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tv   Religion Ethics Newsweekly  PBS  April 17, 2011 10:00am-10:30am PDT

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. america is addicted to oil, with which is often imported from unstable parts of the year. >> and last month president obama announced a plan that would have the united states cutting it's foreign oil by a third by the year 25. he said the government will lead the way by consuming less. >> that's why today i'm directing agencies to purchase 100% alternative fuel, hybrid, or electric vehicles by 2015. >> there's been a lot of talk, but what about action? our next guest has reported on some real life solutions to consuming less and thinks perhaps making a cultural change is the way to go. lisa is the author of oil on the brain and the director of the energy policy initiative at the new america foundation in cooperation with our pbs colleagues at blueprint america shea joins us now. welcome back to "need to know."
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>> reporter: in justifying last month's military intervention in libya, president obama used solely humanitarian reasons, saying the u.s. was acting to prevent a massacre of innocent civilians. >> some nations may be able to turn a blind eye to atrocities in other countries. the united states of america is different. >> reporter: according to prominent yale law school professor stephen carter, this marks a significant moral shift in america's use of force. >> president obama, unlike his recent predecessors, has taken the position that one of the things the american military will do in the world is intervene to protect people who are being slaughtered by their own government, and that's an enormous break with america's practice. >> reporter: in previous conflicts, including the first gulf war and air strikes in the balkans, u.s. presidents argued that while humanitarian factors may have been at play, military action was in america's
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strategic interests. >> the argument that is being offered for libya is entirely the argument that we have no self-interest here except to protect these people who are going to be slaughtered. now i know a lot of people think, "well, there's something else going on, there's really another reason." who knows? all that could be true, but what's really interesting is that the language the white house is using is entirely the language of humanitarian intervention. >> reporter: carter has a new book called "the violence of peace: america's wars in the age of obama." he claims the man many voters considered the "peace candidate" has turned into a "war president" with an expanding philosophy about the use of force. carter says that philosophy was signaled in obama's 2009 acceptance of the nobel peace prize. >> inaction tears at our conscience and can lead to more costly intervention later. that's why all responsible nations must embrace the role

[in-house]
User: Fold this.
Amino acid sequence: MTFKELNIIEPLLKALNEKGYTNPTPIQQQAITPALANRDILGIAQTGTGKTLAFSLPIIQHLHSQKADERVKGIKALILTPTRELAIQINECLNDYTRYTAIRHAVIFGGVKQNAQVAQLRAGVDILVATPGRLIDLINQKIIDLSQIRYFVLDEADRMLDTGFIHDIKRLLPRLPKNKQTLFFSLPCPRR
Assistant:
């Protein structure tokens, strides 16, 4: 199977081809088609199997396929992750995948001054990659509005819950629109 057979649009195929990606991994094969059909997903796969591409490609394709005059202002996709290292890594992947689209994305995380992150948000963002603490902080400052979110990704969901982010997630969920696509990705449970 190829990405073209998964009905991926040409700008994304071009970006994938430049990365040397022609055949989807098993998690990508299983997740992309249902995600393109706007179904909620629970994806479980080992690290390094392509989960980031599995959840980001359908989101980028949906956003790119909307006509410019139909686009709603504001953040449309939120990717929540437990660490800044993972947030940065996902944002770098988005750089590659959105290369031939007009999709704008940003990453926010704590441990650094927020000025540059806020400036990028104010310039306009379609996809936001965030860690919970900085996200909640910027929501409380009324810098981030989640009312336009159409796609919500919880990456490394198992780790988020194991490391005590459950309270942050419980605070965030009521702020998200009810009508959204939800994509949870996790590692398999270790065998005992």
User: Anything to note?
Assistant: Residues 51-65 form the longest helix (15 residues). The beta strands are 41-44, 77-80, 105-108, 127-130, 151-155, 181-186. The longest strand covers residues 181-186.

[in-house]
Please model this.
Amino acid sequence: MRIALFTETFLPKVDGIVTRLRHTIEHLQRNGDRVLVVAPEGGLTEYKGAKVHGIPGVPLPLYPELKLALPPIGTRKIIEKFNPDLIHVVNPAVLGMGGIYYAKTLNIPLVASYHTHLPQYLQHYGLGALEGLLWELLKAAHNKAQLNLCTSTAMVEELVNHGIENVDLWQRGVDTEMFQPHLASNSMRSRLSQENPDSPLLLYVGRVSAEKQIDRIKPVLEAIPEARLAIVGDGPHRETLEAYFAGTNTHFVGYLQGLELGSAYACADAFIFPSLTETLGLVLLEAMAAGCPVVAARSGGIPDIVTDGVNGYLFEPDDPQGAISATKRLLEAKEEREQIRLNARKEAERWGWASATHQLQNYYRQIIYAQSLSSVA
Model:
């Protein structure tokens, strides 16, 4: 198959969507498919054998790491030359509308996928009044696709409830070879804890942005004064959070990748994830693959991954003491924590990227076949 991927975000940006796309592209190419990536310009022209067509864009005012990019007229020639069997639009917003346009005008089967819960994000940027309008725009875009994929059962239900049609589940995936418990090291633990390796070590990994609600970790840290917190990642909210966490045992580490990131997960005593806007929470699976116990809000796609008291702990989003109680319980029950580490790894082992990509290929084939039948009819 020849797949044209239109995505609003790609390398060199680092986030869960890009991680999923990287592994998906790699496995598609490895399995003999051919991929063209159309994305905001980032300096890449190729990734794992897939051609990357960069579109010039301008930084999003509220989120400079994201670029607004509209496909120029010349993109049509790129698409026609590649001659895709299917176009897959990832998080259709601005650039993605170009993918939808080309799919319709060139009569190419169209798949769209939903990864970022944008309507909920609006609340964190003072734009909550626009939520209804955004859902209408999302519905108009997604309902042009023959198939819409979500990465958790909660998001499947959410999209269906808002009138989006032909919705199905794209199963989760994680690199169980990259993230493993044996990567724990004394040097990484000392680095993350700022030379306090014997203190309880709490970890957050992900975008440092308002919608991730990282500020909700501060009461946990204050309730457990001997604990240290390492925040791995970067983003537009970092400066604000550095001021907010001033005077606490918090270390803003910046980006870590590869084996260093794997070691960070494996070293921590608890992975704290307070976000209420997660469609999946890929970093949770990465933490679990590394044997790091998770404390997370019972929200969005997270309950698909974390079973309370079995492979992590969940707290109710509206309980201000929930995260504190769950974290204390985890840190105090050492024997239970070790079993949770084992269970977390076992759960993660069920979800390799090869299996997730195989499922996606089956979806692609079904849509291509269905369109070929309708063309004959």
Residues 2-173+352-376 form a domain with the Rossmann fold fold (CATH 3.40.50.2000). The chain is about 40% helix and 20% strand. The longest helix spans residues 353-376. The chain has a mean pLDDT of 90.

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that militaries with a clear mandate can play to keep the peace. >> what's striking about the war in libya, whether one is for it or against it, is that it shows that president obama was serious, that he actually meant what he said, that he actually believes that's a justifiable use of american power. >> reporte carter asserts that st. augustine and other early developers of the just war theory supported the idea of using force to achieve justice. >> today we look at self-defense as the axiomatic case where everyone agrees that's when you can go to war. for the early thinkers that was one of the weakest cases, because as augustine liked to say, "you should never go to war out of love for yourself but only out of love for others." >> reporter: the price of inaction, carter says, can indeed be terribly high, as was the case in rwanda when nearly a million people were killed in the 1994 genocide. the u.s. did not intervene there. >> president clinton later said